Skip to main content

Poor earnings, no social security, unprotected by law: Plight of India's 'stigmatized' jobs

By Sumeet Mhaskar*
All the stigmatized occupations fall in the informal economy. An exception is in the case of sanitation workers, a tiny minority among whom is part of the organized workforce. As per the Contract Labour (Regulation and Abolition) Act, 1970 employers are required to hire labour on a regular employment basis for jobs that are perennial in nature.
Given the fact that sanitation work is perennial in nature, the overwhelming majority of sanitation workers should have been part of the organized workforce. However, state authorities in connivance with contractors have found ways to defy contract labour regulations and hire majority of the sanitation workforce on a contractual basis.
For instance, the contract labour regulations are applicable to establishments that hire more than 20 workers. To bypass this provision, the Mumbai municipal corporation has been outsourcing sanitation work to over 200 contractors who hire less than 20 workers. Although hired on contractual basis, sanitation workers have the right to demand permanent employment if they were engaged continuously for 240 days under the Industrial Disputes Act of 1947. This provision too is by-passed as contractors hire workers for 210 days and then subsequently hire them on a new contract.
Due to the contractual arrangement, sanitation workers are then deprived of all other social security benefits that are available to a regular employee such as paid leave, gratuity, bonus, medical facilities and retirement benefits. One, therefore, encounters sanitation workers and manual scavengers with lower wages.
At times, there is a great deal of disparity among them too. For instance, a permanent sanitation worker of the municipal corporation draws a monthly salary of say INR 25,000. The same employee, after working for nearly 15-20 years, draws a monthly salary that ranges from INR 90,000 to INR 120,000 per month as per the seventh pay commission. In addition to salary, permanent workers are also eligible for wide-ranging social security benefits.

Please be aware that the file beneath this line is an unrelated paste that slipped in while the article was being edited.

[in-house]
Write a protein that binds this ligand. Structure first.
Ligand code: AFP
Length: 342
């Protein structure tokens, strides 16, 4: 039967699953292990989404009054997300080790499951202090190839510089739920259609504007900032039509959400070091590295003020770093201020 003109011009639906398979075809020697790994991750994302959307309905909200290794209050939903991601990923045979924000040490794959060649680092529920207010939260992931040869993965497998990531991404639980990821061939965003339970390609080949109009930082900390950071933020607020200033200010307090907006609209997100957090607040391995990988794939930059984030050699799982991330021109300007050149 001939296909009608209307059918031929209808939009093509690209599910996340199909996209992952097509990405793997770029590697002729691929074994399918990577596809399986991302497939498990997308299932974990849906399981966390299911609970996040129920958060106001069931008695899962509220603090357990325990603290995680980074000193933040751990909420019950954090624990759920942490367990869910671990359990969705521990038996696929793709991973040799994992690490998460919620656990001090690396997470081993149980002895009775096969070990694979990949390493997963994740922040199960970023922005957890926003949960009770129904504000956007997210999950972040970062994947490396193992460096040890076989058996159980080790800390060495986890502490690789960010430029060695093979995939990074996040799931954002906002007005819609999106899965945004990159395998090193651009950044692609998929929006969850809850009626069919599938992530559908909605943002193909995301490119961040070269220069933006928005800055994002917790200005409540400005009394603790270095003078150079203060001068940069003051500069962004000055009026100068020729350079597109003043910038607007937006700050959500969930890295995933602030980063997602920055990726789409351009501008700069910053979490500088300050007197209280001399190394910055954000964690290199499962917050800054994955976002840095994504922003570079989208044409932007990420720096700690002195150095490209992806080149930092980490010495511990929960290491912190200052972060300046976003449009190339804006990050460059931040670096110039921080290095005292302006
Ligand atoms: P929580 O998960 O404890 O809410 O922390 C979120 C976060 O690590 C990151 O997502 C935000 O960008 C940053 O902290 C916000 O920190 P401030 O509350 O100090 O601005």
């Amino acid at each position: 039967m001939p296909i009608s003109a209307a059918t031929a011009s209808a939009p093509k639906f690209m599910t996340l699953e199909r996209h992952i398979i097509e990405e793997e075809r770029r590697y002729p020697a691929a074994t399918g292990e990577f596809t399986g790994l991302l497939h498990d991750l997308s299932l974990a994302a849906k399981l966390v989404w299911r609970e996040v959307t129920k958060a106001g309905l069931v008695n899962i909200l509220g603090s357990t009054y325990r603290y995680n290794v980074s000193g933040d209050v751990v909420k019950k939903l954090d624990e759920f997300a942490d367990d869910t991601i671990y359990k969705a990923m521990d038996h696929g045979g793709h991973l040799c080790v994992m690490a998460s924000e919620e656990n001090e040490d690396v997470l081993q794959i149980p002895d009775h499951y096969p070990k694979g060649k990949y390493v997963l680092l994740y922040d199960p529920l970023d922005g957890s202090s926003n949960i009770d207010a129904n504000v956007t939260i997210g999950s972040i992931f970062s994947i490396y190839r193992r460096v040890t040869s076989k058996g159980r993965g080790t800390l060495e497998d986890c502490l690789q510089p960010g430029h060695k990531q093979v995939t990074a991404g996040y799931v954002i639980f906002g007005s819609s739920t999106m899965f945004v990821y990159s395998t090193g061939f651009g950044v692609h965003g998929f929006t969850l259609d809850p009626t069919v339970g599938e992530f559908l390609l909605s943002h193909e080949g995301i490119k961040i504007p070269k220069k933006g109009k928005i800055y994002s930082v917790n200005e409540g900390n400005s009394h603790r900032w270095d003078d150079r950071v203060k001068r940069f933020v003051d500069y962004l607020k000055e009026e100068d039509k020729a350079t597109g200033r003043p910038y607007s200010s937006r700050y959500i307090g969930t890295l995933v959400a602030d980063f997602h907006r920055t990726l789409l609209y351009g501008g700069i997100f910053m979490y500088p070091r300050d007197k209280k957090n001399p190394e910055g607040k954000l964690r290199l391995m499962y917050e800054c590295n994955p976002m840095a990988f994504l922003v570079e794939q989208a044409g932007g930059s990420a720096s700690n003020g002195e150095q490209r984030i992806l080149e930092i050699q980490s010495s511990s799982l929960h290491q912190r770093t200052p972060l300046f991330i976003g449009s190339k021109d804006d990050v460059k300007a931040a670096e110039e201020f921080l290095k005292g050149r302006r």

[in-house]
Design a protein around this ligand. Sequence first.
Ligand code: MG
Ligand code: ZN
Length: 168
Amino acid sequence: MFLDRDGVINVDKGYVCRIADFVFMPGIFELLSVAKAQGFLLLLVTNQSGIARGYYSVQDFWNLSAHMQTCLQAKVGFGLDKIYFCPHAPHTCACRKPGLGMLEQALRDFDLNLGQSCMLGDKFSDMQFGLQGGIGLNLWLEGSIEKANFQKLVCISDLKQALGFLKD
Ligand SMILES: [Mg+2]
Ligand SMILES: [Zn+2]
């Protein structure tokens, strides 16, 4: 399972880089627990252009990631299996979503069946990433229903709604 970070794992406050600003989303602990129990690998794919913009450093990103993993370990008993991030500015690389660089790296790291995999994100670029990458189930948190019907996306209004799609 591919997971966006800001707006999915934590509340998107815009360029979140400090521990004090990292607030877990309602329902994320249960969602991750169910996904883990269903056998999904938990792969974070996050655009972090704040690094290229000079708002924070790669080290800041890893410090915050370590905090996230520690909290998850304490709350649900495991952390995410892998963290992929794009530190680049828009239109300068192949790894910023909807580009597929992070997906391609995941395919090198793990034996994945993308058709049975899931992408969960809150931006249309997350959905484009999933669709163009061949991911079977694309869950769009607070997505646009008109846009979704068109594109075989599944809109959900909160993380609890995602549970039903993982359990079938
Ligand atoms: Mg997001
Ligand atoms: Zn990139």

On the other hand, the contract workers are paid on a daily basis and the salary can range between INR 6000 to INR 11,000 per month. Besides, as contract workers, it is a complicated process for them to claim compensations in case of death, especially while cleaning sewers.
The employment conditions of rag pickers are complicated by the fact that they are considered self-employed and therefore there is no legal relationship between the scrap collector, who are at the lowest rung in the urban informal economy, and the municipality or its traders. 
This is despite the fact that some of the waste picking activity is organized through contractors. As a result, their work is not legally recognized, and it is not uncommon for the waste pickers to experience ‘abuse, unwarranted suspicion and harassment from the police, municipal workers and citizens’.
In terms of their earnings, on an average waste pickers earn about INR 50 per day. A study on the Delhi waste pickers found something unusual. A section of the waste pickers belonging to a village in the eastern Uttar Pradesh had registered themselves under the National Rural Employment Guarantee Scheme (NREGA). A few of them even returned to claim the 100 days guaranteed employment under the scheme.
While the proportion is small it is nonetheless an interesting finding as to what the state led employment programmes can achieve. The working conditions of workers in the butchering and leather industry is more or less similar to what has been explained so far.
In the case of leather industry, the Factories Act, 1948 prohibits women and children from working in these industries. However, employers have been flouting these regulations resulting in an illegal expansion of the leather industry where women belonging to Dalit castes are hired. Given the illegality involved in the hiring, the employees are neither in a position to claim legal protection nor any other benefits under welfare schemes offered by the central, state or local governments.
Besides, the wages women receive are consolidated and they do not receive any additional payment for any extra work done by them. As for butchering, the spatial location for these occupations has almost always been on the fringes of the locality. The rapid expansion of cities in the 20th century has meant that the slaughter houses increasingly acquired central spaces and were gradually shifted to the outskirts.
The ban on beef in several Indian states has complicated this situation further. All the occupations explained above have undergone transformations. One of the ways of improving working conditions has been the mechanization of work. While this seems like a way ahead, it is at times met with hostility by the workers themselves due to the fact that the introduction of such technologies does not accompany alternative jobs for the potentially redundant workers.